Characteristics of patients according to the mode of admission to regional stroke services

Price, Christopher I. M., Rae, Victoria, Duckett, Jay, Wood, Ruth, McMeekin, Peter, Gray, Joanne, Rodgers, Helen and Ford, Gary A. (2012) Characteristics of patients according to the mode of admission to regional stroke services. International Journal of Stroke, 7 (S2). p. 11. ISSN 1747-4930

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Introduction: In the planning of acute stroke services it is expected that most patients will arrive by emergency ambulance. We examined this assumption and the characteristics of patients influencing treatment and prognosis according to the mode of presentation. Method: A prospective regional database of consecutive acute stroke admissions conducted between 01/09/10–30/09/11. Case ascertainment and transport mode were checked against hospital coding and ambulance dispatch databases.

Results: Eight acute NHS trusts contributed data for a mean of 10.7 months (range: 7–13). 2792 patients received a diagnosis of stroke within 24 hours of admission: 2002 arrivals by emergency ambulance; 538 by private transport or non-emergency ambulance; 252 unknown mode. Emergency ambulance patients were older (76 vs. 69 years), more likely to be from institutional care (10% vs. 1%), with a history of stroke or TIA (31% vs. 22%) and experiencing total anterior circulation symptoms (27% vs. 6%). Their onset-admission time was shorter (mean 5.3 vs. 14.5 hours). In both groups 30% had thrombolysis assessments but the treatment rate was higher following emergency admission (10.2% vs. 4.3%). Patients not attending via emergency ambulance had lower mortality (2% vs. 18%), lower rate of new institutionalisation (1% vs. 6%) and less need for daily carers at discharge (6% vs. 16%).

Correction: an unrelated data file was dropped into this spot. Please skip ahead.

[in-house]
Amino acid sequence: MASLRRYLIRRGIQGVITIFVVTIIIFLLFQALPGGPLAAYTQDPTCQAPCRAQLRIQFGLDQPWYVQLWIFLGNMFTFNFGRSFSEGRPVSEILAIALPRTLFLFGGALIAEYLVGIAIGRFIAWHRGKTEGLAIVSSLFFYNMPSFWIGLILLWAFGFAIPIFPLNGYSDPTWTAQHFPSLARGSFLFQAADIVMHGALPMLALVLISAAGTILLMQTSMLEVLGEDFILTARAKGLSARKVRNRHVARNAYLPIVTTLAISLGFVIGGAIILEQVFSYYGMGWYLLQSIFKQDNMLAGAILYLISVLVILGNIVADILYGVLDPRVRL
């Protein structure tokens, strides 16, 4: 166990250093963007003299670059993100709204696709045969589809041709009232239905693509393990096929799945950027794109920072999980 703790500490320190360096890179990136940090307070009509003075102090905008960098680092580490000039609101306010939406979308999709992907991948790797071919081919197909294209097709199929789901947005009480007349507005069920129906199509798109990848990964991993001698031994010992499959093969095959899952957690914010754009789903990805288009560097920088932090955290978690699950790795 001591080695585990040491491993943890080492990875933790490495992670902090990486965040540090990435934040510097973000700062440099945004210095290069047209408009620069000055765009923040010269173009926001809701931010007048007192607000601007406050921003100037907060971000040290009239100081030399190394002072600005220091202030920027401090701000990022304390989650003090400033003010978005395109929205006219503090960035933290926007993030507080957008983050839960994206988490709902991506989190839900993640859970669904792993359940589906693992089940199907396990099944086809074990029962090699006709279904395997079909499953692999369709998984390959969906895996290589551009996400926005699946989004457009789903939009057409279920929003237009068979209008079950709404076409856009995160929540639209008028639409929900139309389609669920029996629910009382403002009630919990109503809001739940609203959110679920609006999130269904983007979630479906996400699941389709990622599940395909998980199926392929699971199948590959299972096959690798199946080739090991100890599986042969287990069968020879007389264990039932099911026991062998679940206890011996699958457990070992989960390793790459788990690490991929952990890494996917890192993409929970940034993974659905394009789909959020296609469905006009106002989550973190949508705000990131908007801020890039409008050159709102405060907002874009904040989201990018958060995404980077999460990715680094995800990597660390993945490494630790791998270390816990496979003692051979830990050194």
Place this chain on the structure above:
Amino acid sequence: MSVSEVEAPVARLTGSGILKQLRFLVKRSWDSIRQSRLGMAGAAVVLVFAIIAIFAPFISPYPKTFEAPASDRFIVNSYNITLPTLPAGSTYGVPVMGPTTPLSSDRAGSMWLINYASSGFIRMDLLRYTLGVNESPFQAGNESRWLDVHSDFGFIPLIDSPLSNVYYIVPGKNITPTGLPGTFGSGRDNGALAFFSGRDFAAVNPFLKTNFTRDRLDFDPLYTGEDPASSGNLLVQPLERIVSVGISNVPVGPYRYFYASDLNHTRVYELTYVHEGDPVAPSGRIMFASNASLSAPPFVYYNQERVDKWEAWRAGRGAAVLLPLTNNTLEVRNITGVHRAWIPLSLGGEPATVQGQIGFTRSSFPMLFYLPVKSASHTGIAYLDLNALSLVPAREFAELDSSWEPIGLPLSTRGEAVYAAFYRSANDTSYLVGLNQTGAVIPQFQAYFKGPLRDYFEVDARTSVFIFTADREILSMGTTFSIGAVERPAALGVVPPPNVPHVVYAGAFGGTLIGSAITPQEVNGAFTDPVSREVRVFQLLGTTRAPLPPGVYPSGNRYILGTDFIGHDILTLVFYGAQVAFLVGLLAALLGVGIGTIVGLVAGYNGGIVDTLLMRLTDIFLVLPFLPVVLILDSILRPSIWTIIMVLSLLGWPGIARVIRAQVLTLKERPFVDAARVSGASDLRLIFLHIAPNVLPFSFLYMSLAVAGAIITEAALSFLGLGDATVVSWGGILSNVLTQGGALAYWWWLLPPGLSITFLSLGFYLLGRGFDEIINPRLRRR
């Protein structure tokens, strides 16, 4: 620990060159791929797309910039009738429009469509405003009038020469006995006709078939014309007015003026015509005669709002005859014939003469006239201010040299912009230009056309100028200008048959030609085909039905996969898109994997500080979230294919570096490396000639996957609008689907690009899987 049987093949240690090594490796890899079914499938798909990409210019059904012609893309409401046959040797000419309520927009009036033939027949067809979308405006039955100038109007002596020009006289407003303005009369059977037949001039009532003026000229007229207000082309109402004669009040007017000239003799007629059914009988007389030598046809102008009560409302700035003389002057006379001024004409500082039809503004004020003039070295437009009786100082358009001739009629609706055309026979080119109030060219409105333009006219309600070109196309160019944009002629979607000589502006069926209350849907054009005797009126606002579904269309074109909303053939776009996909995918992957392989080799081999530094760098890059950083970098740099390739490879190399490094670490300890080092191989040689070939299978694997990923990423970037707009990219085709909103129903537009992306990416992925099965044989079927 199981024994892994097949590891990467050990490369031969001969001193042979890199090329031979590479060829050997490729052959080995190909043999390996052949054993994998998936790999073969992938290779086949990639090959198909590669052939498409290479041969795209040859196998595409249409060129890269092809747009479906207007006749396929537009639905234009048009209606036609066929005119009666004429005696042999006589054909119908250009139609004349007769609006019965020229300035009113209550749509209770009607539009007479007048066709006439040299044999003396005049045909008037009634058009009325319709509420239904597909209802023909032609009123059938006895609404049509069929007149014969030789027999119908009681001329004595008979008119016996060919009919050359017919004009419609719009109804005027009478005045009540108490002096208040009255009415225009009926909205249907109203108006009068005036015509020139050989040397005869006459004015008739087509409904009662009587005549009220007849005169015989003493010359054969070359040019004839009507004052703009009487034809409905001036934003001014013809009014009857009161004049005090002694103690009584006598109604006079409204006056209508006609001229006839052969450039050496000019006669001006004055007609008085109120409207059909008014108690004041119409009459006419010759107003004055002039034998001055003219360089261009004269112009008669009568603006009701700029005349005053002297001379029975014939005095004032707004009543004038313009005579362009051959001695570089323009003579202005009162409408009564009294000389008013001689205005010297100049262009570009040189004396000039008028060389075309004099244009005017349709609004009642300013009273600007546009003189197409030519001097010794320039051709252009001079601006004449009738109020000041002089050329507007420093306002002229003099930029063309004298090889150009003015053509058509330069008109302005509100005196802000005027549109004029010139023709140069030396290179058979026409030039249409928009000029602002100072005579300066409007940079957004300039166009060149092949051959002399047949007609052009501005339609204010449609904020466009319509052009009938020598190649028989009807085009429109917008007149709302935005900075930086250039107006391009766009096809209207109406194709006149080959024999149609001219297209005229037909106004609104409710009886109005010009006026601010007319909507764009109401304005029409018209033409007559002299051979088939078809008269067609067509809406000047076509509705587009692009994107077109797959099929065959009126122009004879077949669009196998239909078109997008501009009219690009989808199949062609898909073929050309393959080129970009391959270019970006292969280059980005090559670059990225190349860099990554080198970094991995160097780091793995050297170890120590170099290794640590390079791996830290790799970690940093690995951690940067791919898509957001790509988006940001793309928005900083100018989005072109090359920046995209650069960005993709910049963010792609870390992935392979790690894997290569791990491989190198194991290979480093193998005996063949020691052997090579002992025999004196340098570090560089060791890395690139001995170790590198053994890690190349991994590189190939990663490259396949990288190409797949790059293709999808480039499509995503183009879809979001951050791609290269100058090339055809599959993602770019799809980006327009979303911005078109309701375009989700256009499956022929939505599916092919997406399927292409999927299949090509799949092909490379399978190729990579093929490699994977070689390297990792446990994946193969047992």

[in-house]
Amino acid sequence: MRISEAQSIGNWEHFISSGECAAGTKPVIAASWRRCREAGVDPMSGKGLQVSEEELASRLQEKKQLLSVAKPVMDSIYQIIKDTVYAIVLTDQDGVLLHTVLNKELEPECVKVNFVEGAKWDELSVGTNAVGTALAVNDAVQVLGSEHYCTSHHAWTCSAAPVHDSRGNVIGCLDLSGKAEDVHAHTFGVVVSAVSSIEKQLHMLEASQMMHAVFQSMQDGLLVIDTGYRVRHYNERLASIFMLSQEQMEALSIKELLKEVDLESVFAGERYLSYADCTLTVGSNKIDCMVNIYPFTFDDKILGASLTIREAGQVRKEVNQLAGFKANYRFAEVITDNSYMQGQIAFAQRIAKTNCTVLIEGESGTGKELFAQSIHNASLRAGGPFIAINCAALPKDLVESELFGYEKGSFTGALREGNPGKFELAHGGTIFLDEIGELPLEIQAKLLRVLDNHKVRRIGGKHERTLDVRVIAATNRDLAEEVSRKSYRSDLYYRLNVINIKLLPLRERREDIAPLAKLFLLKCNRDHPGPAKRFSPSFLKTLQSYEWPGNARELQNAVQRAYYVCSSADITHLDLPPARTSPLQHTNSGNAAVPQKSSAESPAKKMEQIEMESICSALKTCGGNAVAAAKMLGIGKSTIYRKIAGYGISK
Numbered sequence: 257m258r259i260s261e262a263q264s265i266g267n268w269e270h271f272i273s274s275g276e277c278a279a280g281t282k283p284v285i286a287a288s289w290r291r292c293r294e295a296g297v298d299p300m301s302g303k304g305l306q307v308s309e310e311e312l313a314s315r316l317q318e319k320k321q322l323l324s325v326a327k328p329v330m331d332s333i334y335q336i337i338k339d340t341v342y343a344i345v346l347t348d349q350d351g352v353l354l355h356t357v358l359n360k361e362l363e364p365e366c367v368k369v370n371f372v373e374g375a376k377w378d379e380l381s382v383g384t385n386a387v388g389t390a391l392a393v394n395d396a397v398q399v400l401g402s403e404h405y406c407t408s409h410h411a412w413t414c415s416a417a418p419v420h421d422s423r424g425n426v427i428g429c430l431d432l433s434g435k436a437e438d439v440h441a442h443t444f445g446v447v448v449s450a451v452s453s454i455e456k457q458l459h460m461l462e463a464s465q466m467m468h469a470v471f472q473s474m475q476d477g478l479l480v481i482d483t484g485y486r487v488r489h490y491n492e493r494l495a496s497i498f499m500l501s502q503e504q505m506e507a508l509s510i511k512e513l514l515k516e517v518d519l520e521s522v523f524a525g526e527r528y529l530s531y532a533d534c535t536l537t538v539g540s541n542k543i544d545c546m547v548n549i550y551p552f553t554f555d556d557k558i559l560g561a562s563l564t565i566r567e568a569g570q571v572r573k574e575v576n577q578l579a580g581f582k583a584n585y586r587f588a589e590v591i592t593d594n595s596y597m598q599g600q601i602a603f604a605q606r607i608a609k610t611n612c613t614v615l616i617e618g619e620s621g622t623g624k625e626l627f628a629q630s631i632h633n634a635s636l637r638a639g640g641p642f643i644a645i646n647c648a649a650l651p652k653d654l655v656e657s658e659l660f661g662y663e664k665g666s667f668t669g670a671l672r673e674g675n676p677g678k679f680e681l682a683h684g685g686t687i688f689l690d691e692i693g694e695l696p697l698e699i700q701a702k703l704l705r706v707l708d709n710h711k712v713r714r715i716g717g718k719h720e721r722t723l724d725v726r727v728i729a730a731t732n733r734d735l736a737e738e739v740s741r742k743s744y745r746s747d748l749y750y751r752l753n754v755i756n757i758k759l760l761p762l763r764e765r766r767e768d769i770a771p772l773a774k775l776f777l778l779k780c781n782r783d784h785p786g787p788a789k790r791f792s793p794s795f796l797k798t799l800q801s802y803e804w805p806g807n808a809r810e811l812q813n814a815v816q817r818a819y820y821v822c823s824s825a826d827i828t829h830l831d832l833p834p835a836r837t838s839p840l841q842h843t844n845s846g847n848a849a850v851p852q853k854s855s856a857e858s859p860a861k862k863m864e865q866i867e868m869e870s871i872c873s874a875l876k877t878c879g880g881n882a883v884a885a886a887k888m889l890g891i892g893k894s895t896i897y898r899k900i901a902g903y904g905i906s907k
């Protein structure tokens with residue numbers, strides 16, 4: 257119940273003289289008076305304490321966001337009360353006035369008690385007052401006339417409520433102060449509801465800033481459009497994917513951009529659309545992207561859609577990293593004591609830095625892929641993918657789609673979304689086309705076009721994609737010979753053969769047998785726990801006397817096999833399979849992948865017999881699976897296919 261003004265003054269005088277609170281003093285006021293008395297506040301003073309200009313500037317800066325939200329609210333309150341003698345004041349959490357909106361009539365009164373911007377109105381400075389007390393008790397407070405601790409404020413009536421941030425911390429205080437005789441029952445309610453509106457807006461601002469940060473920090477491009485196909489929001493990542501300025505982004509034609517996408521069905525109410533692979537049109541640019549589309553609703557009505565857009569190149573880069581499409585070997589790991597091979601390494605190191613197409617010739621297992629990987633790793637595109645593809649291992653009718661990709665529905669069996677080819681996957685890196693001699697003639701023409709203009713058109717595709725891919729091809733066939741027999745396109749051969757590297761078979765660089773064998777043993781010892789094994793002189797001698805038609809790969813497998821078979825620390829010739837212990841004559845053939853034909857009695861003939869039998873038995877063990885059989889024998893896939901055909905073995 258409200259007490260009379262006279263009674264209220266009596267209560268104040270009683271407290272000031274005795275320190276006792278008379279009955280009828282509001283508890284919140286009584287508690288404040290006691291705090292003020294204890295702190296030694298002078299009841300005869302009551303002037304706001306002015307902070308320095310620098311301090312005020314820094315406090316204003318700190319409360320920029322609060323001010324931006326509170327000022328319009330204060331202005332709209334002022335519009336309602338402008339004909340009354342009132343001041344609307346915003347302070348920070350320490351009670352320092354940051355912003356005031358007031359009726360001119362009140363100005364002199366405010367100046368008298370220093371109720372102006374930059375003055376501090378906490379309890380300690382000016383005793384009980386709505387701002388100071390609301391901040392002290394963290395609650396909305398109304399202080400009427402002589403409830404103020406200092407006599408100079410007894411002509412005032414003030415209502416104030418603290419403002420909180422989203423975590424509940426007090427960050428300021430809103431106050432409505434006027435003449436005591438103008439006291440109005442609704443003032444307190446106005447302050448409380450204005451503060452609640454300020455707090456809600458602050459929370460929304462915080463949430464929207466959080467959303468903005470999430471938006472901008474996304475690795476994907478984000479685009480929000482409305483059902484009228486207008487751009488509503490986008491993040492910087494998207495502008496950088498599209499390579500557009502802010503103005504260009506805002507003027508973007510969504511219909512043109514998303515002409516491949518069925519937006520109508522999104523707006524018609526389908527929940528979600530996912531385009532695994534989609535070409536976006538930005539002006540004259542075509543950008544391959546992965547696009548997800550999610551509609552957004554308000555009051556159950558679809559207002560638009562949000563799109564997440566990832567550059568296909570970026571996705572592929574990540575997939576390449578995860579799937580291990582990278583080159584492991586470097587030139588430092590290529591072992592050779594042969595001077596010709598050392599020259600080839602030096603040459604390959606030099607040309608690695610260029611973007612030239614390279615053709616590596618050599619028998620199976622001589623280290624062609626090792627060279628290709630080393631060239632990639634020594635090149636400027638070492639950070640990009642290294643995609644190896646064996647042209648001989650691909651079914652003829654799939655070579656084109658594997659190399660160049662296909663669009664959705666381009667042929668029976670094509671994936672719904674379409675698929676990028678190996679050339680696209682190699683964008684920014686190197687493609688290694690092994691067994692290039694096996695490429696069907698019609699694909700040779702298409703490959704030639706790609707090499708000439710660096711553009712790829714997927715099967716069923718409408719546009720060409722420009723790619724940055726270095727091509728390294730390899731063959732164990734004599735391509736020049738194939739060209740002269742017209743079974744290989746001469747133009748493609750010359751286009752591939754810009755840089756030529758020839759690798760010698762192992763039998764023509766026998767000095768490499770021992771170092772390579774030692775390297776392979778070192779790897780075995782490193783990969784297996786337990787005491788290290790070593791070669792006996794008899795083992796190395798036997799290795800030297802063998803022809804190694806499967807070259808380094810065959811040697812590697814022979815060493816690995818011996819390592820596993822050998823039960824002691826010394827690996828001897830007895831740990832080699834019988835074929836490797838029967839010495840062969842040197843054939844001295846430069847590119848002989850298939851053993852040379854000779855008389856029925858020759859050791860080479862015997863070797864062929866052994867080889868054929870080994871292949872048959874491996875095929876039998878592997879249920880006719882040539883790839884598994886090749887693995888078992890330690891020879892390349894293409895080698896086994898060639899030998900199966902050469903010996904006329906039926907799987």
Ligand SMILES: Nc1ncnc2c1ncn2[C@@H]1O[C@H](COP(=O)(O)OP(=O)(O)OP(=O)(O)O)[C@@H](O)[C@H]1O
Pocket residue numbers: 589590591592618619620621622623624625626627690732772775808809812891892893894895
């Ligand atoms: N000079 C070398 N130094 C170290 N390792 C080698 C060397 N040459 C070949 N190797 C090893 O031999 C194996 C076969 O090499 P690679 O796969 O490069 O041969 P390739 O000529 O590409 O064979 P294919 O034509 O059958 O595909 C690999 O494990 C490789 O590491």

Conclusion: 79% of patients with an early diagnosis of stroke were admitted by emergency ambulance. Patients admitted by other modes had less severe symptoms and presented later but some still received thrombolysis. This should be considered in the planning of acute stroke services.

Item Type: Article
Additional Information: Abstract published in Special Issue of the International Journal of Stroke.
Subjects: B900 Others in Subjects allied to Medicine
Department: Faculties > Health and Life Sciences > Nursing, Midwifery and Health
Faculties > Health and Life Sciences > Social Work, Education and Community Wellbeing
Depositing User: Ay Okpokam
Date Deposited: 21 Oct 2013 11:39
Last Modified: 25 Apr 2022 13:27

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